ADVENTURES

The Fall

What happens when a walk in the wild goes wrong

It’s my first walk in the wilds for quite some time. Little annoyances are mounting up; where’s my pack liner? Where are my merino undies? The weather forecast is gloomy, but why wouldn’t it be? Finally I heave my pack into the car, and off I go for a late afternoon walk along the bush edge. At the road-end, it’s hosing down. Raincoat on and out into it. Maybe three hours of daylight left.

On Vulcanised Thrones

Tubing on the Waiohine

Henry David Thoreau once said you should ‘mistrust all enterprises that require new clothes’ and, while not strictly clothing, you could say the same about wearing a car inner tube.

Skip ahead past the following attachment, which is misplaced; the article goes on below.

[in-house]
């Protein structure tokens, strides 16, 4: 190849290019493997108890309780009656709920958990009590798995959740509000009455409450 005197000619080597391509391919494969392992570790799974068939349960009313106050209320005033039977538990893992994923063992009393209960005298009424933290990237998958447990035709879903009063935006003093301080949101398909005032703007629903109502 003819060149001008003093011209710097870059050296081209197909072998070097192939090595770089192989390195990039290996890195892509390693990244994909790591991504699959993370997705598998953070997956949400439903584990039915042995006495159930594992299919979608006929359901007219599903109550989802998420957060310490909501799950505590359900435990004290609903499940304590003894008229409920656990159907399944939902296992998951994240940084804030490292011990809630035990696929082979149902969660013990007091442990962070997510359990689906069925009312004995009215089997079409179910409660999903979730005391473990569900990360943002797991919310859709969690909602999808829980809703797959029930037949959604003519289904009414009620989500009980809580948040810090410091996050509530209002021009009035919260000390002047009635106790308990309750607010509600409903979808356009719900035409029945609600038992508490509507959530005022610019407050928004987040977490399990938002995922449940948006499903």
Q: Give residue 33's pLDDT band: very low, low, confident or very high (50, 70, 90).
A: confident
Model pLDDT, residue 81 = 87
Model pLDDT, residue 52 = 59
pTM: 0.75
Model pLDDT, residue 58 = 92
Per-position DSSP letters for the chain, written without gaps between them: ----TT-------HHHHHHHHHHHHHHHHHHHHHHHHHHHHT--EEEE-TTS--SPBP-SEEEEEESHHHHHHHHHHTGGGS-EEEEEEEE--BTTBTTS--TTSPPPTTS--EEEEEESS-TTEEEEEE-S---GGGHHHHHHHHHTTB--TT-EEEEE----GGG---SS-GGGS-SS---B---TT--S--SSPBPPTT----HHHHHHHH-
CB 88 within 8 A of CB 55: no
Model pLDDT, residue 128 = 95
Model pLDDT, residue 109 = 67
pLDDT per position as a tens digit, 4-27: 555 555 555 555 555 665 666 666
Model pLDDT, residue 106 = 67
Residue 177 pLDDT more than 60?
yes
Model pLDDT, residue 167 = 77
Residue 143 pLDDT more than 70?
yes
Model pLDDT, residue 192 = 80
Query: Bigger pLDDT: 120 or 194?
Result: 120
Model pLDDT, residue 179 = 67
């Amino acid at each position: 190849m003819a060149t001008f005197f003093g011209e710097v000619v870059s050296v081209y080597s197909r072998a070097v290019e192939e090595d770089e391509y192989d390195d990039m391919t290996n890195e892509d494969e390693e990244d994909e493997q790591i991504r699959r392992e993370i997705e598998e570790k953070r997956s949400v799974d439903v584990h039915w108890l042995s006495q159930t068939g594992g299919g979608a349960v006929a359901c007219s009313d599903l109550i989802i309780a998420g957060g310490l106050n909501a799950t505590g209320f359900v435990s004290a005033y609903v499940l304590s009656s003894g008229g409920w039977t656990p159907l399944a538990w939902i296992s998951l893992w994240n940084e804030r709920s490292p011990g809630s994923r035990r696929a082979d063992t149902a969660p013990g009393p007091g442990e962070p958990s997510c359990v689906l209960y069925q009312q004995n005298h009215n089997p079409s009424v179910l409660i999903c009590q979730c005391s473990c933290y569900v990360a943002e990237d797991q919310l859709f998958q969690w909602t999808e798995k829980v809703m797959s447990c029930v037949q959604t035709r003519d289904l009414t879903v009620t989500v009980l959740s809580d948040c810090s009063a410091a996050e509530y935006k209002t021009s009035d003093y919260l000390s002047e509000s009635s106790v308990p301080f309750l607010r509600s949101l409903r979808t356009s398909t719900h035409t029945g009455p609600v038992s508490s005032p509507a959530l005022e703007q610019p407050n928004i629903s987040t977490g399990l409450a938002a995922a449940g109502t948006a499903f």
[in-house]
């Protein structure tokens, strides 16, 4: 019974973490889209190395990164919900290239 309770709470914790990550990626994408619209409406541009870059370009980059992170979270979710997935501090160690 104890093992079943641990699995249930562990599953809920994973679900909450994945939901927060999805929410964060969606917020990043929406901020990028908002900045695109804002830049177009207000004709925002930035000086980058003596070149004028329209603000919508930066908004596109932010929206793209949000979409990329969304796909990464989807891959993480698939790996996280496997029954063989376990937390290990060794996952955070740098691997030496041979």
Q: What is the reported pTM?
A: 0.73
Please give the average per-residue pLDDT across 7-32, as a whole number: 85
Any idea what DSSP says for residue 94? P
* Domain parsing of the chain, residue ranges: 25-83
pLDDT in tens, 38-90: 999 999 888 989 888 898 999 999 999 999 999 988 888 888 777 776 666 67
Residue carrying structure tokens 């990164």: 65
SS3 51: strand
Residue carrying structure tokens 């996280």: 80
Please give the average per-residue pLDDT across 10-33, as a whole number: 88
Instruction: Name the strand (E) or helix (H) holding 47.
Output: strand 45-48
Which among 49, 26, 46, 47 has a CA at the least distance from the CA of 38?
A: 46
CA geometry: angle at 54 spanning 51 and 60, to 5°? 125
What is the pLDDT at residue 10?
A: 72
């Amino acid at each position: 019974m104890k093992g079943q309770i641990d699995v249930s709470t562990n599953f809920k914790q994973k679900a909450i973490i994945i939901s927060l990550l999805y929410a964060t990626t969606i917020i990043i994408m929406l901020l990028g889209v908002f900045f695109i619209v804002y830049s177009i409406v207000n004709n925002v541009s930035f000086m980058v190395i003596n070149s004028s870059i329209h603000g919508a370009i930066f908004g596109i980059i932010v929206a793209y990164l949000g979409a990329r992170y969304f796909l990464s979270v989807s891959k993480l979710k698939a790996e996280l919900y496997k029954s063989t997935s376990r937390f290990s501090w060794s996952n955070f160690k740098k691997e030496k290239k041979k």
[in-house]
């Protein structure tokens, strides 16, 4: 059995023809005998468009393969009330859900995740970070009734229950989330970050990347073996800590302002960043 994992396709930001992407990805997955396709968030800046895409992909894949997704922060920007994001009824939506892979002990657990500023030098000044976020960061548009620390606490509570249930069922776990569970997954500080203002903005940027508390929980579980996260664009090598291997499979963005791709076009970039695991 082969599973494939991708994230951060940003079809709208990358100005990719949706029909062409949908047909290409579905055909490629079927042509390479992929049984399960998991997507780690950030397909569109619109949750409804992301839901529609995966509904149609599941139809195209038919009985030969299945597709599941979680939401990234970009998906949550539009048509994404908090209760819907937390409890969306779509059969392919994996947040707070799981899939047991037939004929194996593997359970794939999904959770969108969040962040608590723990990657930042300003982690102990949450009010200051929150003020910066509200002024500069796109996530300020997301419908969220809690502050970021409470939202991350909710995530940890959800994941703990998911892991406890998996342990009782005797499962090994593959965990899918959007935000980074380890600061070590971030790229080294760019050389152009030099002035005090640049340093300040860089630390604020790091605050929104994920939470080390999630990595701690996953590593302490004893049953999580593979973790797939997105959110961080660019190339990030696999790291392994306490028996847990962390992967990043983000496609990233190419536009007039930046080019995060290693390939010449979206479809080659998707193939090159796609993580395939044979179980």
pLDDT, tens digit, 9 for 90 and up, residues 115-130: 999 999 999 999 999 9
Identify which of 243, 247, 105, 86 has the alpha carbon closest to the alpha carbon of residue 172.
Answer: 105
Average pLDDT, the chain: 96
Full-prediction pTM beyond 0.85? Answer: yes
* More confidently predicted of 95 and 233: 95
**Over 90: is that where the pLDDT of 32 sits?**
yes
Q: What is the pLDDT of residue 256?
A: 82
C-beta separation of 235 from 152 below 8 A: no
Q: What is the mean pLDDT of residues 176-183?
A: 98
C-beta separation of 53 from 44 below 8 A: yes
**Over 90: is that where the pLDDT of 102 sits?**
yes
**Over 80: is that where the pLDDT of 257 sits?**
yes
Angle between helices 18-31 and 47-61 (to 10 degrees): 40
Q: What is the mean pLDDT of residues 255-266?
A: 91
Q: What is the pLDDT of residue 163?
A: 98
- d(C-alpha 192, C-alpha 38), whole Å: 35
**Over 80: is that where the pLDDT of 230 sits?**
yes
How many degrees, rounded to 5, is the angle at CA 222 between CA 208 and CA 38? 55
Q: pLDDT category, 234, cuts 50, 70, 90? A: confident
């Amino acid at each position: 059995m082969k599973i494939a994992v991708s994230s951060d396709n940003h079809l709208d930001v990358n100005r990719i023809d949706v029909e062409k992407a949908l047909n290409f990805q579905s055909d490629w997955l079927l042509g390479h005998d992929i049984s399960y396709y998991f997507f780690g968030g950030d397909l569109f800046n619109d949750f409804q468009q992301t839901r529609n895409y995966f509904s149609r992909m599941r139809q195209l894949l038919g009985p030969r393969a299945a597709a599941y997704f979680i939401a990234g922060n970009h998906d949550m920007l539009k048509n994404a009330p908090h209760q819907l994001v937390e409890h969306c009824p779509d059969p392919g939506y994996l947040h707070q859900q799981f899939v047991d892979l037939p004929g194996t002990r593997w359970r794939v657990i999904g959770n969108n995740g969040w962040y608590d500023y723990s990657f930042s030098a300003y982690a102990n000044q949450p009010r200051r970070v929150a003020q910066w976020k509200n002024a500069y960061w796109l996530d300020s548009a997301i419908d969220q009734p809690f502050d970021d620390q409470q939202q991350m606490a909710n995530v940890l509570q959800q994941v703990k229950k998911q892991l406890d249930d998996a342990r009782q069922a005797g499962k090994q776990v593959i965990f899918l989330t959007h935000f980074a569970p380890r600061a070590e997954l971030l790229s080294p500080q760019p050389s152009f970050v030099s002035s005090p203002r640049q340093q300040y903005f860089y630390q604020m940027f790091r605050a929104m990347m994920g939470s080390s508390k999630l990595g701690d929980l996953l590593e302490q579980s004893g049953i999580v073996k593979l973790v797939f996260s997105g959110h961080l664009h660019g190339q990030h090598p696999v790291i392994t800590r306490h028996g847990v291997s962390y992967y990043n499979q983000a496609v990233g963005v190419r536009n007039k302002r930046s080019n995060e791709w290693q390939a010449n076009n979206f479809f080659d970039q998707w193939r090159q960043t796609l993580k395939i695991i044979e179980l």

Grey and Wacky

Looking at our national bedrock

A fossil craze hit my school in the early 1990s, and I my other school friends became briefly obsessed with the idea of collecting rocks. For me it didn’t last all that long. I spent a day at Birdlings Flat thinking I would unearth a piece of a dinosaur, but instead kicked dusty rocks about and lost my pocketknife.

Home Sick

Walking in and out

It was a cold day at the tail end of winter, and after only a couple or so hours in the bush we were there, Atiwhakatu Hut. ‘Soulless,’ someone had written in the intentions book, and it’s true that inside it was a big and empty space. But then all the essentials were there: log burner, axe and candles.

Deer Country

Riding the Timber Trail

‘Watch out for hunters. It’s the middle of the roar,’ says Edwina.

She sounds serious. I try to calculate the likelihood of two mountain bikers being mistaken for deer. It seems improbable. But the only time I hear about hunters is in the news when they’ve accidentally shot each other.

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